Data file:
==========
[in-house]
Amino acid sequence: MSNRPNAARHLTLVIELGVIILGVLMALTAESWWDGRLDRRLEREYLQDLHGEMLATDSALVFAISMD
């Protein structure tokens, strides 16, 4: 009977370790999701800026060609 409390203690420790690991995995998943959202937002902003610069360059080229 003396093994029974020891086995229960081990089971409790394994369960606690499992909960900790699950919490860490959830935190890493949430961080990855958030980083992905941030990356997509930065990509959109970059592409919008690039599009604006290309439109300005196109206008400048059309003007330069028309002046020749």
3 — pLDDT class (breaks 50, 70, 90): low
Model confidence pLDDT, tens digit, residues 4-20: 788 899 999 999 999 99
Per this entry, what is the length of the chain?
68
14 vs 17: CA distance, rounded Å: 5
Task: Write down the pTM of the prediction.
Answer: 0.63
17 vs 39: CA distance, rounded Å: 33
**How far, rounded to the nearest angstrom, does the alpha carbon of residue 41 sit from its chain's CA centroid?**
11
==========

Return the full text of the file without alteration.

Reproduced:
[in-house]
Amino acid sequence: MSNRPNAARHLTLVIELGVIILGVLMALTAESWWDGRLDRRLEREYLQDLHGEMLATDSALVFAISMD
């Protein structure tokens, strides 16, 4: 009977370790999701800026060609 409390203690420790690991995995998943959202937002902003610069360059080229 003396093994029974020891086995229960081990089971409790394994369960606690499992909960900790699950919490860490959830935190890493949430961080990855958030980083992905941030990356997509930065990509959109970059592409919008690039599009604006290309439109300005196109206008400048059309003007330069028309002046020749």
3 — pLDDT class (breaks 50, 70, 90): low
Model confidence pLDDT, tens digit, residues 4-20: 788 899 999 999 999 99
Per this entry, what is the length of the chain?
68
14 vs 17: CA distance, rounded Å: 5
Task: Write down the pTM of the prediction.
Answer: 0.63
17 vs 39: CA distance, rounded Å: 33
**How far, rounded to the nearest angstrom, does the alpha carbon of residue 41 sit from its chain's CA centroid?**
11